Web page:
Fittingly enough, Brady also stole the Super Bowl completions record away from Manning against the most formidable opponent imaginable, the Seahawks. Against Seattle’s stubborn Legion of Boom, Brady completed 37 of 50 passes, which were three more than Manning completed last year against the same team.
8. Patriots Only Team to Overcome Double Digit Deficit to Win Super Bowl
This entry’s headline gives the Patriots credit for being the first team to come back by double digits to win the Super Bowl. In fact, the history books read the same thing. However, let’s make no mistake about it, while the record books say one thing, our TVs and eyes said the other: The defense didn’t score any of the touchdowns that helped the Patriots take the lead. Brady did.
Brady’s ability to master the art of patience, perseverance and self control under the most extreme conditions–weather include–are only matched by Joe Montana. And even “Joe Cool” didn’t have to bring his 49ers back from such a near-death experience in his team’s four Super Bowl trips.
The fact Brady also broke this record against the NFL’s best defense is all the more revealing. Actually, not only was Seattle’s defense statistically the best in 2014, many thought the overall unit might be dubbed the greatest in NFL history had they won Super Bowl 49. So much for that.
7. Brady Throws Touchdowns in Super Bowls. Lots of Them
Even though Brady owns the Super Bowl passing touchdown record, critics will still exploit his two interceptions against the Seahawks as the main reason he ranks below fellow four-ring quarterbacks Joe Montana and Terry Bradshaw. A fairer comparison would be to at least break down some of their numbers on the NFL’s grandest stage.
Bradshaw might own a 4-0 Super Bowl record, but Brady is statistically superior to the great Steeler in almost every major category during the Super Bowl. In Bradshaw’s four Super Bowls, he completed 49 of 84 attempts for 932 passing yards, nine touchdowns and threw four interceptions. Bradshaw averaged a 58 percent completion percentage.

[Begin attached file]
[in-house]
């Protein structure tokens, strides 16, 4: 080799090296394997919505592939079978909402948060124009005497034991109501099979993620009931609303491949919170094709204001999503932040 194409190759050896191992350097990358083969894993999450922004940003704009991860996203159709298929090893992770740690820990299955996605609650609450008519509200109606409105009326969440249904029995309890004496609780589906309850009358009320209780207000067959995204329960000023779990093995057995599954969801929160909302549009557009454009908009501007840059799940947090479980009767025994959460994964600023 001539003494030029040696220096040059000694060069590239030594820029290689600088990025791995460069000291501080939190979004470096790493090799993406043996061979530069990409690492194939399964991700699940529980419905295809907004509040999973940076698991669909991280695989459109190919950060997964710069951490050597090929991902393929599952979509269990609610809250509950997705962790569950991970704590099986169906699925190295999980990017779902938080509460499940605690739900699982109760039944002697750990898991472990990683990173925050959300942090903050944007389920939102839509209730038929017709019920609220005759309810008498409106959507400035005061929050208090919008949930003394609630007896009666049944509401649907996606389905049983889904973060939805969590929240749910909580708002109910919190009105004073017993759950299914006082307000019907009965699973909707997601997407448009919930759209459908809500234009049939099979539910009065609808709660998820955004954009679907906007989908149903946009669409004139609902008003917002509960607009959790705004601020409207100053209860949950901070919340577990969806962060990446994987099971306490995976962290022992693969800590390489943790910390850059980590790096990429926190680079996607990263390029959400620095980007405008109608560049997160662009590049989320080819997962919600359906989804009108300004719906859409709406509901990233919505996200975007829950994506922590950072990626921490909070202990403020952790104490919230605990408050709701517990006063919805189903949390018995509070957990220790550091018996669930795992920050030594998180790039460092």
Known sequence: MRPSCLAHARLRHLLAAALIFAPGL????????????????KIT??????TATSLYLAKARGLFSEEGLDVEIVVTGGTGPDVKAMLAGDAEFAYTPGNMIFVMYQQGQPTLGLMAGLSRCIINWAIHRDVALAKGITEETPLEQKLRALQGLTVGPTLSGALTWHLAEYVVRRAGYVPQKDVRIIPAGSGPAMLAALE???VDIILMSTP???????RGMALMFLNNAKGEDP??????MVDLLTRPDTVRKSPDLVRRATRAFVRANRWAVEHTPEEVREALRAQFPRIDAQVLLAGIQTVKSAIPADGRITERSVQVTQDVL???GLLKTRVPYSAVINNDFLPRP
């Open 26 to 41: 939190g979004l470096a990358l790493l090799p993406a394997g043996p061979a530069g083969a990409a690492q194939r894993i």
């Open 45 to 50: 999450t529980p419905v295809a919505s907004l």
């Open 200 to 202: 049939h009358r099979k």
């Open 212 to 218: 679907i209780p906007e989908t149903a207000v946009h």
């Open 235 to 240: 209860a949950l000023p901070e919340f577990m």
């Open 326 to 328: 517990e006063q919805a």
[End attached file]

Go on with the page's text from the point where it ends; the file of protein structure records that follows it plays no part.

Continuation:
In Brady’s first four, he completed 100 of 156 attempts for 1,001 yards, seven touchdowns and one interception. He held a 65 percent completion percentage. As you can see, Bradshaw also threw far less than Brady did, totaling just 18 completed passes in his first two Super Bowls for a measly 305 yards and three touchdowns. This indicates one thing: Brady carried his team far more than Bradshaw ever did.
Only Montana can statically compete with Brady in Super Bowls. During his run, Montana completed 83 of 122 passes for 1,142 yards, nine touchdowns and threw no interceptions. He held a 68 percent completion percentage. While Montana scored ever so slightly better than Brady in these categories, New England’s quarterback eventually pulled away during his next three Super Bowl appearances, increasing his career Super Bowl totals to 1,605 yards on 164 of 247 pass attempts and 13 touchdowns. And isn’t the saying, “It’s not how you start the race that matters, but how you finish”? (or something like that.)
6. Brady is a Touchdown Passing Fiend in the Playoffs
Brady has thrown 53 touchdowns in the playoffs. That’s eight more than Joe Montana who now sits quietly in second place. In its own right, that’s an improbable feat. However, what’s even more otherworldly is how Brady threw those touchdowns. When you break down his touchdown passes by opponent, distance, receiver, location, receiver, and game situation you’ll see he earned that achievement mostly by himself.
First, it seems fitting that Brady has thrown more playoff touchdowns against the Denver Broncos–Peyton Manning’s current team–than any of the other 13 teams he has thrown playoff touchdowns against. Number two on that list is the lowly Jaguars, followed by the Ravens and Colts. The Seahawks vaulted their way into eighth place with the Jets and Chargers after the former’s Super Bowl 49 melt down.
It gets better though. Brady has thrown more touchdown passes into the end zone (26) than any other location on the field, which means he’s not relying on receivers to make him look better after the catch. In breaking this playoff touchdown record, he also threw to 24 different players. No receiver had more than seven touchdowns and that receiver was David Givens. Who? Finally, roughly 33 percent of Brady’s touchdown passes helped the Patriots take the lead. In other words, he made them count.